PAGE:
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Taking the Mystery Out of the Patient Experience


Mystery shoppers are seeing an increase in acceptance by healthcare organizations and physician practices as they look for ways to improve their services and create a sense of accountability for everyone.

It wasn’t long ago that I frequented the movies courtesy of a national theater chain, complete with admission passes and discounts on popcorn and soft drinks. I was a mystery shopper, and completed forms after every theater visit that provided the national chain with valuable information on the service provided by the hired help. In short, the powers-that-be wanted to know about my movie-going experience, and what they could do to make it better.

Mystery shoppers are common in today’s marketplaces. They’re less common in the world of healthcare, but they’re a growing trend.

“We are definitely seeing an increase in acceptance,” says Kristin Baird, RN, president of Baird Consulting, which uses mystery shopping extensively to help healthcare organizations and physician practices improve their services. “And often it’s physician-owned practices that are calling us, because they’ve got a vested interest in the success of the organization.”

Obtaining valuable information

Drew Stevens, PhD, head of Stevens Consulting Group, says that whereas patient surveys provide one-dimensional statistical feedback, mystery shoppers provide qualitative commentary on how they were treated from the moment they walked through the practice’s front door until they left the facility.

“There’s data that supports the fact that if people are given the opportunity to fill out a survey, they’re usually rushing through it,” Stevens explains. “And they’re rushing through it either to get an inducement, if an inducement is offered, or simply because they’ve submitted to completing the survey but typically feel it’s a waste of time.” In contrast, mystery shoppers provide a broader, more complete view of the patient experience.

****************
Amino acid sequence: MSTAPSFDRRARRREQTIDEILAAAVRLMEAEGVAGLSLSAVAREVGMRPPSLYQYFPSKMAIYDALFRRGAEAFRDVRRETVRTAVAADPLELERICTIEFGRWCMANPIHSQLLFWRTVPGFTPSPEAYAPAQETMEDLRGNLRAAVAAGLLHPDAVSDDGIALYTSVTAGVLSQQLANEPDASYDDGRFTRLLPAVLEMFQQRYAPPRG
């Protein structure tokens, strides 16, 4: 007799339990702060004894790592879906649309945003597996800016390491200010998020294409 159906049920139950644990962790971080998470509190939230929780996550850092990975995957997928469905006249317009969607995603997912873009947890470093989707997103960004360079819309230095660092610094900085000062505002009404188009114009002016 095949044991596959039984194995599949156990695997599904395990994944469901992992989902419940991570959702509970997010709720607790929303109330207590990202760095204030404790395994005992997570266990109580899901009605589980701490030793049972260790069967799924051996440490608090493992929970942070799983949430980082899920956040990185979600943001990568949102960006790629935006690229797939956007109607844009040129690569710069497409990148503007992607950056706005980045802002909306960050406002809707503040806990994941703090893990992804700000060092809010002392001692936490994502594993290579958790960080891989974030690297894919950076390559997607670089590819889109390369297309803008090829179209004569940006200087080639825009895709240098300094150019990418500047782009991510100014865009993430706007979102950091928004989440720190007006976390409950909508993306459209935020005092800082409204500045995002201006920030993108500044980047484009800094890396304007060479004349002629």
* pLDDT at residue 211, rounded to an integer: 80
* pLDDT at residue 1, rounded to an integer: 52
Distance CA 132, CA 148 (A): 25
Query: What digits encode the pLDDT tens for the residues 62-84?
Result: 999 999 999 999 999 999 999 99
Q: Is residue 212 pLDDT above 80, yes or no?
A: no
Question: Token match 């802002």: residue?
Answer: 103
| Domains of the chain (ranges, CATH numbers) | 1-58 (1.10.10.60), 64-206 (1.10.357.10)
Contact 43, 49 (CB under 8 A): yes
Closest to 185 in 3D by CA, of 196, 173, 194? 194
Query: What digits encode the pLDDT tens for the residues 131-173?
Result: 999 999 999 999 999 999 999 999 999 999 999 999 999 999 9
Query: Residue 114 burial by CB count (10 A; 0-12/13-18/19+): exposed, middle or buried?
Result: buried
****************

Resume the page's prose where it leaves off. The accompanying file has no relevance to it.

And that experience starts even before patients walk in the front door. According to Baird, it’s important to understand the patient experience from the moment they make the initial phone call to schedule an appointment. In addition to a regular itinerary of questions, Baird asks mystery shoppers two key questions following their appointment-scheduling phone call: Based on the phone encounter, how likely would you be to pursue your personal care with this practice? And, how likely are you to recommend this practice to others?

“We have found that in some situations, as much as 45 percent of our mystery shoppers say they wouldn’t pursue care at that practice based on their phone encounter,” Baird explains. “That’s significant for these doctors who are trying to build a practice.”

Beyond the negatives

There’s a tendency on the part of skeptics to think that mystery shoppers are only employed to uncover the negative aspects of a patient experience. But according to Stevens, that’s not the case at all.

“You don’t want to just fix errors,” he says. “The whole notion of patient shopper is not to fix the flaws as much as it is to heighten the experience for the patient.”

Baird explains that she is often contacted by practices that want another method of being able to coach some of their physicians who are having trouble with patient satisfaction. But in some cases, the mystery shopper has quite a different experience. One shopper said she wished she lived closer to the physician because she would transfer her care to him without hesitation. She noted, “He would sit and talk with me in a manner I could understand. He made me feel like he respected my opinion.”

Says Baird, “Yes, [the physician] performed low in some areas, but he sat down. He made eye contact. All those things made for a positive provider encounter. So, we said he’s doing a good job; let’s capitalize on his strengths.”

The human experience

Baird says that because patient satisfaction surveys have become the norm in healthcare, many practices think they understand their problems; understand why patient satisfaction scores are low in certain areas. But, she adds, that’s not always the case. It gets back to understanding the entire patient experience.

“Just because we silo departments in healthcare doesn’t mean that the patient silos the experience,” she explains. “The patient doesn’t silo it out and say, 'You met my needs on the telephone but not with registration.' It’s bundled, because it’s bundled to them. You do or you don’t meet their needs, and not every one of those touch points is created equal.”

And, says Stevens, merely obtaining information from a mystery shopper program is not sufficient. The next question is, what are you going to do from an accountability perspective?

“Forget about reading x-rays,” he suggests to physicians. “Now you need to read your people. How are you going to hold them accountable for the observed behavior? It’s up to the physician to create a sense of accountability for everyone. If you want change, you’re going to have to institute it.”

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